It’s a good thing Instagram celebrity Doug the Pug lives in the United States.
If he were from the United Kingdom, he might confront an unexpected stigma this week after the British Veterinary Association called for prospective dog owners to avoid flat-faced dog breeds.
The warning targets canines of the brachycephalic variety, or dogs with little to no snout, like pugs, bulldogs, and shih tzus.
According to The Guardian, Sean Wensley, president of the BVA, said “prospective dog owners need to consider that these dogs can suffer a range of health issues throughout their lives, from eye ulcers to painful spine abnormalities and severe breathing difficulties that can result in otherwise preventable surgery.”
Many domestic canine lovers say the Brits are grossly overreacting.
Richard Goldstein, chief medical officer at Manhattan’s Animal Medical Center, explained that nearly all thoroughbreds will come with baggage because of their specializations; if you’re looking for a problem-free dog, he recommended swinging by a shelter and picking out a medium-sized mutt.
That said, Goldstein has his own brachycephalic pooch, an 8-year-old English toy spaniel he absolutely adores.
“Our role is not to try to eliminate certain breeds or tell people that they shouldn’t get them,” said the vet. “I definitely feel like there’s a place for them, and I don’t feel like we should be discouraging the appropriate owner from adopting one.”
The American Kennel Club agrees with the message, writing that it "emphatically supports freedom of choice in selecting a pet."
"AKC actively promotes efforts to ensure that people are educated, understand the demands of responsible ownership and have access to healthy, well-bred dogs that are right for them," a spokesperson told NBC.
They emphasized "that breeding programs should be undertaken responsibly for the purpose of preserving breed characteristics and producing healthy, well-socialized purebred puppies... Owners should be diligent in the care and overall well-being of their dog by keeping track of their exercise, health visits, vaccinations and other preventative measures that aid in their dog maintaining its best health."
All breeds have their pros and cons, and flat-faced canines do come with flaws.
Goldstein allowed that brachycephalic dogs are more prone to airway and back problems, and sometimes suffer from skin damage, like many breeds.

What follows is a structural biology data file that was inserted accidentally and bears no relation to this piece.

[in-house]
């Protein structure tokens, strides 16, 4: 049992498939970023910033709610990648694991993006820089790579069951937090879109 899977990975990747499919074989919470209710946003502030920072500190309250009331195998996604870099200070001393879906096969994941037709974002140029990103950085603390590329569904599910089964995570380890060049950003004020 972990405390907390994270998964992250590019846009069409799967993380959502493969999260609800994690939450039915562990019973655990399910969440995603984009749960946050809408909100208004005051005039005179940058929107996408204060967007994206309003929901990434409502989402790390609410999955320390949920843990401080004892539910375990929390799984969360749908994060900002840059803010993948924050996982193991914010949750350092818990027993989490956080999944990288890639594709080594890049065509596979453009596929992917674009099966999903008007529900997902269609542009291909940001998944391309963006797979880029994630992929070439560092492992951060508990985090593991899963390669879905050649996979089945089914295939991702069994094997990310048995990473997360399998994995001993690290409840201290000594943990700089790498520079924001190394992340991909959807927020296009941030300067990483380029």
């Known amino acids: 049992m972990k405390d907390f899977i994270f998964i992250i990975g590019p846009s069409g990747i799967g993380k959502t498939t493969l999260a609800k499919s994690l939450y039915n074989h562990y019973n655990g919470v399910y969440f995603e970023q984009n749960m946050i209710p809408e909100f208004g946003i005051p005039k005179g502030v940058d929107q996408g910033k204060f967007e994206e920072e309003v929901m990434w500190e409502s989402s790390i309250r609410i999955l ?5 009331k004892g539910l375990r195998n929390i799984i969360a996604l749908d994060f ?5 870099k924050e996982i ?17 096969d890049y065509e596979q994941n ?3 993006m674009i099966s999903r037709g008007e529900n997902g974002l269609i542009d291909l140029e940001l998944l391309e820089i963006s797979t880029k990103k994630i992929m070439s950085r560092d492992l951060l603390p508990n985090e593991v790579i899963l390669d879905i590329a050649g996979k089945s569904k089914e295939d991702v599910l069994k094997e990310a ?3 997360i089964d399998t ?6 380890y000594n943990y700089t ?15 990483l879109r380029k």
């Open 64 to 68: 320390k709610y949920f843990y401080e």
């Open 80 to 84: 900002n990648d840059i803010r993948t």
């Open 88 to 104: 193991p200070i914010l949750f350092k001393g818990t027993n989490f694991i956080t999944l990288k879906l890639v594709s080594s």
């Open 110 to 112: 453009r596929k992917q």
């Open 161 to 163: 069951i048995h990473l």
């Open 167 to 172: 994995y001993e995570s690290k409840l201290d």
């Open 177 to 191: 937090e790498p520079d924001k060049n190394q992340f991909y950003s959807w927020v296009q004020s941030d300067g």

According to Julie Legred, executive director at the National Association of Veterinary Technicians in America, "brachycephalic breeds have an increased risk of complications during anesthesia." But, she countered, by following protocols and using certified veterinary technicians, such surgical errors dramatically decrease.
Because the dogs' faces are so close to the objects they sniff, their owners must be attentive, said Cynthia Cool, a pug breeder in Vacaville, California.. They’re also more sensitive to weather than other breeds.
“If you’re walking the dog, you need to exercise them when it’s cooler as opposed to too warm outside,” she advised.
In terms of life expectancy, Cool bragged that some of her pugs celebrated 16th birthdays. On average, the animals make it to 11 or 12, which is typical for a dog under 20 pounds. By contrast, Goldstein said that large dogs tend to have the shortest lives, with some considered geriatric at only 5 years old.
John Little, president of the Bulldog Club of America, didn't seem convinced about his favorite pooch's deficiencies.
“The fact is that the bulldog is an exceptional breed,” he added. “It’s a tremendous pet, and it has all the characteristics we want in it.”
Not all canine experts pushed back hard against the BVA's recommendations.
The American Veterinary Medical Association said in a statement to NBC that flat-faced dogs and their associated physical attributes "that negatively affect the animal's welfare should not be bred, as those characteristics and related problems are likely to be passed on to their puppies."
But rescues are a different story, the group said.
"Existing dogs with these conditions should not be passed over for adoption as long as the potential owner is informed of the animal's potential health risks and is willing to provide an appropriate lifestyle and necessary veterinary care as issues arise."